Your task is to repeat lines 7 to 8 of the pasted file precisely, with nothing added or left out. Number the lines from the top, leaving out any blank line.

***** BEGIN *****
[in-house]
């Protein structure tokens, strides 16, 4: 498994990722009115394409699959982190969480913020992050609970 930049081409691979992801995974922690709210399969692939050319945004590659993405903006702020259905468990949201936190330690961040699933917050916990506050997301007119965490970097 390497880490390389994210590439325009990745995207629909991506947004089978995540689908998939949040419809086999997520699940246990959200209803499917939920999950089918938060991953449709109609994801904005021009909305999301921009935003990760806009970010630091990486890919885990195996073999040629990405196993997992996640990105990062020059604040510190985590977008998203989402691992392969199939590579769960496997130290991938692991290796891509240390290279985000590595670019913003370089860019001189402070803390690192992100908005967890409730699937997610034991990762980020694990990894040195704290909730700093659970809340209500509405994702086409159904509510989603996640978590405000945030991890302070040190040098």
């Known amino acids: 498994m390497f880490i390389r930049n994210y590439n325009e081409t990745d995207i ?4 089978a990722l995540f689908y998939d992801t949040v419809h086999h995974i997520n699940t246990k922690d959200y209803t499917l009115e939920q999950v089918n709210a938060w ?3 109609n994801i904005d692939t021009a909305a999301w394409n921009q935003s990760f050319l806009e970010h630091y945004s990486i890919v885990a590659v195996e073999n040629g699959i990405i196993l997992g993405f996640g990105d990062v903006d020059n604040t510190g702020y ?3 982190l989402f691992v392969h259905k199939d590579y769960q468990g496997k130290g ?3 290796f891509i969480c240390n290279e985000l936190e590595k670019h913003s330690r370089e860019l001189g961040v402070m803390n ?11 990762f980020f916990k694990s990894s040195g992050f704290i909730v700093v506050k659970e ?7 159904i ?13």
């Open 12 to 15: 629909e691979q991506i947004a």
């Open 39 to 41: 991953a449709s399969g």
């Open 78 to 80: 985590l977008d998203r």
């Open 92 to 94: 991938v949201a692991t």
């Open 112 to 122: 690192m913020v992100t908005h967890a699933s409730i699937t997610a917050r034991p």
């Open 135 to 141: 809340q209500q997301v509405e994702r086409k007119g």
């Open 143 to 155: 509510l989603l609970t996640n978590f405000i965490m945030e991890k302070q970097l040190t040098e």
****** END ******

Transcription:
């Open 92 to 94: 991938v949201a692991t």
């Open 112 to 122: 690192m913020v992100t908005h967890a699933s409730i699937t997610a917050r034991p």